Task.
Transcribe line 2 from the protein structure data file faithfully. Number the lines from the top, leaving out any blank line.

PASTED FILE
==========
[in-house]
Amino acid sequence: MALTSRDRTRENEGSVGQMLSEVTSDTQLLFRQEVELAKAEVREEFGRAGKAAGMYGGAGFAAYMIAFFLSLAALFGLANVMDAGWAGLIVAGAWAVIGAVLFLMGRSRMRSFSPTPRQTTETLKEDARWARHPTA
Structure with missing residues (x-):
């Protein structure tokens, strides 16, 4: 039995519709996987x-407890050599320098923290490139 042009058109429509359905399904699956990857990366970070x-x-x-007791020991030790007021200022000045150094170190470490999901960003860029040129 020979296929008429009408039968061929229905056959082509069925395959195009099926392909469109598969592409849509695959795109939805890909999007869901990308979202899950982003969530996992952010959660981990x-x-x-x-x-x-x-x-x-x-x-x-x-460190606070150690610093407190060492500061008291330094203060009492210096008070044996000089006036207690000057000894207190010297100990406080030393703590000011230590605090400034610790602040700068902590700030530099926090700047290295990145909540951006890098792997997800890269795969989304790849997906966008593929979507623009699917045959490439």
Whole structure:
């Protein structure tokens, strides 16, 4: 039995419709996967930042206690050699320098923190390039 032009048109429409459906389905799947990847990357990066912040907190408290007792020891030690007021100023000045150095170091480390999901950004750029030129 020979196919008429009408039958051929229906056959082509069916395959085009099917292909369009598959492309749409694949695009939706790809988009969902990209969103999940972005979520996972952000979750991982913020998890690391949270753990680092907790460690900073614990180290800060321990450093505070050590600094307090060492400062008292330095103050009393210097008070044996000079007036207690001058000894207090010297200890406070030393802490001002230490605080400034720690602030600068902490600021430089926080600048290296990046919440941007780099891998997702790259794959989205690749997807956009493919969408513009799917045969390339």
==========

Amino acid sequence: MALTSRDRTRENEGSVGQMLSEVTSDTQLLFRQEVELAKAEVREEFGRAGKAAGMYGGAGFAAYMIAFFLSLAALFGLANVMDAGWAGLIVAGAWAVIGAVLFLMGRSRMRSFSPTPRQTTETLKEDARWARHPTA